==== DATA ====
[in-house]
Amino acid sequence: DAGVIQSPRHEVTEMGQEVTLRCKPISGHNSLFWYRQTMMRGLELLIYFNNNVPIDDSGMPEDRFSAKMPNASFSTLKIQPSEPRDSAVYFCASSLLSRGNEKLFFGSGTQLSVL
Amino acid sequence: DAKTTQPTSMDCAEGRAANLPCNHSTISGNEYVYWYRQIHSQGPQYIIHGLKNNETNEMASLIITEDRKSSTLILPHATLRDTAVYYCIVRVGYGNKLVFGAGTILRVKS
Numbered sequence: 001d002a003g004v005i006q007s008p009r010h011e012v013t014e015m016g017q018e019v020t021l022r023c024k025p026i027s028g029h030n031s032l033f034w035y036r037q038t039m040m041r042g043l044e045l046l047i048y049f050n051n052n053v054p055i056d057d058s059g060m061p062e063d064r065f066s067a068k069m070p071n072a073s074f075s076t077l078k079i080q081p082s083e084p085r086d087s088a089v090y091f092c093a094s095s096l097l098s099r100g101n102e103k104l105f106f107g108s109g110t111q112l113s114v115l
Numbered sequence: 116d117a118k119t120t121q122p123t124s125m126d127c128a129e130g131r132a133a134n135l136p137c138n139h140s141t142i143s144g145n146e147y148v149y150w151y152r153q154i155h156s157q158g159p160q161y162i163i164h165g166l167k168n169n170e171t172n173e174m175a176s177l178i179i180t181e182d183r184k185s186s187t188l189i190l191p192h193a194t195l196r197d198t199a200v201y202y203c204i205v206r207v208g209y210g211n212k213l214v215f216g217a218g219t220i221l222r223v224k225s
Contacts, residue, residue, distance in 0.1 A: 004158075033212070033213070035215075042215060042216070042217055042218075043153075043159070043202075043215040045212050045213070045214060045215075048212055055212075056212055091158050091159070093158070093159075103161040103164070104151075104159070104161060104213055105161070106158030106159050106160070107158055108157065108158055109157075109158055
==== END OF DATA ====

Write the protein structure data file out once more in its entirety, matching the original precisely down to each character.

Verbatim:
[in-house]
Amino acid sequence: DAGVIQSPRHEVTEMGQEVTLRCKPISGHNSLFWYRQTMMRGLELLIYFNNNVPIDDSGMPEDRFSAKMPNASFSTLKIQPSEPRDSAVYFCASSLLSRGNEKLFFGSGTQLSVL
Amino acid sequence: DAKTTQPTSMDCAEGRAANLPCNHSTISGNEYVYWYRQIHSQGPQYIIHGLKNNETNEMASLIITEDRKSSTLILPHATLRDTAVYYCIVRVGYGNKLVFGAGTILRVKS
Numbered sequence: 001d002a003g004v005i006q007s008p009r010h011e012v013t014e015m016g017q018e019v020t021l022r023c024k025p026i027s028g029h030n031s032l033f034w035y036r037q038t039m040m041r042g043l044e045l046l047i048y049f050n051n052n053v054p055i056d057d058s059g060m061p062e063d064r065f066s067a068k069m070p071n072a073s074f075s076t077l078k079i080q081p082s083e084p085r086d087s088a089v090y091f092c093a094s095s096l097l098s099r100g101n102e103k104l105f106f107g108s109g110t111q112l113s114v115l
Numbered sequence: 116d117a118k119t120t121q122p123t124s125m126d127c128a129e130g131r132a133a134n135l136p137c138n139h140s141t142i143s144g145n146e147y148v149y150w151y152r153q154i155h156s157q158g159p160q161y162i163i164h165g166l167k168n169n170e171t172n173e174m175a176s177l178i179i180t181e182d183r184k185s186s187t188l189i190l191p192h193a194t195l196r197d198t199a200v201y202y203c204i205v206r207v208g209y210g211n212k213l214v215f216g217a218g219t220i221l222r223v224k225s
Contacts, residue, residue, distance in 0.1 A: 004158075033212070033213070035215075042215060042216070042217055042218075043153075043159070043202075043215040045212050045213070045214060045215075048212055055212075056212055091158050091159070093158070093159075103161040103164070104151075104159070104161060104213055105161070106158030106159050106160070107158055108157065108158055109157075109158055